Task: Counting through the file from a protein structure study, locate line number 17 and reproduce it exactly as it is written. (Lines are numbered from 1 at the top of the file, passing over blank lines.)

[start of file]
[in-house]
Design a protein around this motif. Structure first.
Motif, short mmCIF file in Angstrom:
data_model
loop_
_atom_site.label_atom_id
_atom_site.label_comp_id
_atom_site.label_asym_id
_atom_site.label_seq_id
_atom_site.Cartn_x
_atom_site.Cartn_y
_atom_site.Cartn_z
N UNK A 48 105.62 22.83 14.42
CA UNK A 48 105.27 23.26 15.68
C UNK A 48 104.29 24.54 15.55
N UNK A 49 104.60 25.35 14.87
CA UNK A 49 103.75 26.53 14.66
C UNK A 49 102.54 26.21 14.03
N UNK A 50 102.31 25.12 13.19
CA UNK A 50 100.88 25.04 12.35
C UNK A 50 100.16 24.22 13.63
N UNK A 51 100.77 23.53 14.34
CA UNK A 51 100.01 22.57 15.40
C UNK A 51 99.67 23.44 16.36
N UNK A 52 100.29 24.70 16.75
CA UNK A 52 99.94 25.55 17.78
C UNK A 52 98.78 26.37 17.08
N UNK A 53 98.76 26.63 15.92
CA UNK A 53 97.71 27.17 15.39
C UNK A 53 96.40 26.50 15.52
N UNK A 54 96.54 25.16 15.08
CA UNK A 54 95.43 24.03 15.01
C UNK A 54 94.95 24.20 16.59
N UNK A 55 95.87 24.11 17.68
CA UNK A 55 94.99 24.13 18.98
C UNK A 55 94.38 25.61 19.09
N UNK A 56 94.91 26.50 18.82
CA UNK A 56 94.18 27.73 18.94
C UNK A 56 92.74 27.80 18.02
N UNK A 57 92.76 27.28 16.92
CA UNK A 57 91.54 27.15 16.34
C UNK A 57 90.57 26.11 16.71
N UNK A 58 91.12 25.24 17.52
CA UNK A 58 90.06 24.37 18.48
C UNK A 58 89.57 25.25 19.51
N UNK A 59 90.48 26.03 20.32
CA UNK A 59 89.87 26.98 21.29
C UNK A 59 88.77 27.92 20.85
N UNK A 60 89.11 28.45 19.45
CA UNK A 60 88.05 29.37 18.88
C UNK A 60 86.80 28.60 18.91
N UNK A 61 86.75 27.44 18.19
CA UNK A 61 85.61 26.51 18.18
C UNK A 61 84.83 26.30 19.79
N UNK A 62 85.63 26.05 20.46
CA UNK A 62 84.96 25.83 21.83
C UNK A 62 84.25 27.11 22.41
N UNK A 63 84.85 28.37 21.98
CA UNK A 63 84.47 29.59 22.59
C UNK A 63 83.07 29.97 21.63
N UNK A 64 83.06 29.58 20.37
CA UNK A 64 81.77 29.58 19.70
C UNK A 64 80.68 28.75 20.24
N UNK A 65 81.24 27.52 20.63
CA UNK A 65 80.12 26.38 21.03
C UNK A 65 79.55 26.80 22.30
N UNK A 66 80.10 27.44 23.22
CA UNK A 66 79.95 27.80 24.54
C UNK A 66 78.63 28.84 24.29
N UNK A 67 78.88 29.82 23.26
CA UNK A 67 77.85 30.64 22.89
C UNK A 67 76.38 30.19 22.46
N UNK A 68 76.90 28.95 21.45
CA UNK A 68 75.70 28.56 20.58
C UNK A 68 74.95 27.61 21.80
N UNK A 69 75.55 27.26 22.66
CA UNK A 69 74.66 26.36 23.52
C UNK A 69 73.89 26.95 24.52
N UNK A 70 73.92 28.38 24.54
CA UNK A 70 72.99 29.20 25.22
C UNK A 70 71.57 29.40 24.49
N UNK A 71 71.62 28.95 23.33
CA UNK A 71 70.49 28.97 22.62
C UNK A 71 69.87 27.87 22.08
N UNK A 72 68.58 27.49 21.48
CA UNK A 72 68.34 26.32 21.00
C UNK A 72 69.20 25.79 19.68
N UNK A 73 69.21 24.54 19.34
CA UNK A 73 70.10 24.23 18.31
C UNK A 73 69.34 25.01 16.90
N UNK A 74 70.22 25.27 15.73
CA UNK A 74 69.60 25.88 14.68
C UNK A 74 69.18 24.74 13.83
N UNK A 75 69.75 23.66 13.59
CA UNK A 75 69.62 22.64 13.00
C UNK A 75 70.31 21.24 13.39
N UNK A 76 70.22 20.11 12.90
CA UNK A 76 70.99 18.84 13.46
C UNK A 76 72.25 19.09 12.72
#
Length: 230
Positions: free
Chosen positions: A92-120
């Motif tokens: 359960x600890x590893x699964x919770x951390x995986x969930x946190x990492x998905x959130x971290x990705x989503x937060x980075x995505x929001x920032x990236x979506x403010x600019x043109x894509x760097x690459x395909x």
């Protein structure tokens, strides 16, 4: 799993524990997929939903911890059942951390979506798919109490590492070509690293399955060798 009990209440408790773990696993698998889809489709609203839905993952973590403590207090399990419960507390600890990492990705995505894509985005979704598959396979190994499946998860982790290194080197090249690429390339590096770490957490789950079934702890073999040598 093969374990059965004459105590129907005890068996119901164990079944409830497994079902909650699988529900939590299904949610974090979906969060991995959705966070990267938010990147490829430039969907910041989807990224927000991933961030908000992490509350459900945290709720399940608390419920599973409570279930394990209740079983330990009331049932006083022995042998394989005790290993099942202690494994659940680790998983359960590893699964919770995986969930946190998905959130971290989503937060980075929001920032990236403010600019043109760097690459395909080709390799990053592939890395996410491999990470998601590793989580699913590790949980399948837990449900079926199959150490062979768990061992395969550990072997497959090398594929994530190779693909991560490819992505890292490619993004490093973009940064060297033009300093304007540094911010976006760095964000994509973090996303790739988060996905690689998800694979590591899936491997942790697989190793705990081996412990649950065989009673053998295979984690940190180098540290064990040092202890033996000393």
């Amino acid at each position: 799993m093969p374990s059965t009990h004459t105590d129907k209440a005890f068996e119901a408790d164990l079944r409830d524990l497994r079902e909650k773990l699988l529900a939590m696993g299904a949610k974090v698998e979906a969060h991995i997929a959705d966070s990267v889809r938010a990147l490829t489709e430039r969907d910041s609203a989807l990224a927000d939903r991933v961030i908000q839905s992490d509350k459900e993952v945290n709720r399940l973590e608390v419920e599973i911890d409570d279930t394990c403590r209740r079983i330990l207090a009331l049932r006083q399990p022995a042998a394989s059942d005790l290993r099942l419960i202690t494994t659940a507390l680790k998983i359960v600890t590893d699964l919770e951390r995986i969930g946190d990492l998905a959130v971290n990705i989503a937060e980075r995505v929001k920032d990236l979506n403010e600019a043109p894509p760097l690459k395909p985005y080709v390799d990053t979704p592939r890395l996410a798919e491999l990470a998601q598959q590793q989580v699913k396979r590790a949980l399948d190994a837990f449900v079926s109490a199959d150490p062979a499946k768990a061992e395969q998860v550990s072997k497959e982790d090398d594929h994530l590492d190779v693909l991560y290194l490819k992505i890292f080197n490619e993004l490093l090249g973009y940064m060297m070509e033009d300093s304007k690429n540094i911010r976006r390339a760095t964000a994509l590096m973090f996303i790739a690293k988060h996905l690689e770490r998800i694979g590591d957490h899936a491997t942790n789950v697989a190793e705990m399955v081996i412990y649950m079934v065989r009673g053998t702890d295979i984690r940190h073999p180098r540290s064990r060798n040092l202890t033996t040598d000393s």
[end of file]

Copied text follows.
CA UNK A 49 103.75 26.53 14.66